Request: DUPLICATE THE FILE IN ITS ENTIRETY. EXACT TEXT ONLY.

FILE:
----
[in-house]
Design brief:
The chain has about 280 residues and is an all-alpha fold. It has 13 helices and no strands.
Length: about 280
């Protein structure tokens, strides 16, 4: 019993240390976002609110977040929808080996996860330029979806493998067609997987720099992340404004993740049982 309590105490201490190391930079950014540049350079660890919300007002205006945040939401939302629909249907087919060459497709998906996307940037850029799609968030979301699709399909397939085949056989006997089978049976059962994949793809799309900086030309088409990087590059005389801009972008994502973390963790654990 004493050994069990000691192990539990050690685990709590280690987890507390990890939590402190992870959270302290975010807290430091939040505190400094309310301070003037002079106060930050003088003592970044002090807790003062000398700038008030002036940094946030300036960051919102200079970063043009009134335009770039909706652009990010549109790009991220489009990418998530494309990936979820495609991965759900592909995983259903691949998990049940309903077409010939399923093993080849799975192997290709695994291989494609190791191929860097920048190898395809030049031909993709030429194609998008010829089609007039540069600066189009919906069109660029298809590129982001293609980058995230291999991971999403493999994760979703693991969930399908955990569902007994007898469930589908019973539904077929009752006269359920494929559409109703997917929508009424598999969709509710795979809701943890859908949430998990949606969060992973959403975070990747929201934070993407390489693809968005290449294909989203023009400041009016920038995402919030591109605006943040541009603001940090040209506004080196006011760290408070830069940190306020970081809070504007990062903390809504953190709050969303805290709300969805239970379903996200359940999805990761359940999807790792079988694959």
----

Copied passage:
[in-house]
Design brief:
The chain has about 280 residues and is an all-alpha fold. It has 13 helices and no strands.
Length: about 280
């Protein structure tokens, strides 16, 4: 019993240390976002609110977040929808080996996860330029979806493998067609997987720099992340404004993740049982 309590105490201490190391930079950014540049350079660890919300007002205006945040939401939302629909249907087919060459497709998906996307940037850029799609968030979301699709399909397939085949056989006997089978049976059962994949793809799309900086030309088409990087590059005389801009972008994502973390963790654990 004493050994069990000691192990539990050690685990709590280690987890507390990890939590402190992870959270302290975010807290430091939040505190400094309310301070003037002079106060930050003088003592970044002090807790003062000398700038008030002036940094946030300036960051919102200079970063043009009134335009770039909706652009990010549109790009991220489009990418998530494309990936979820495609991965759900592909995983259903691949998990049940309903077409010939399923093993080849799975192997290709695994291989494609190791191929860097920048190898395809030049031909993709030429194609998008010829089609007039540069600066189009919906069109660029298809590129982001293609980058995230291999991971999403493999994760979703693991969930399908955990569902007994007898469930589908019973539904077929009752006269359920494929559409109703997917929508009424598999969709509710795979809701943890859908949430998990949606969060992973959403975070990747929201934070993407390489693809968005290449294909989203023009400041009016920038995402919030591109605006943040541009603001940090040209506004080196006011760290408070830069940190306020970081809070504007990062903390809504953190709050969303805290709300969805239970379903996200359940999805990761359940999807790792079988694959």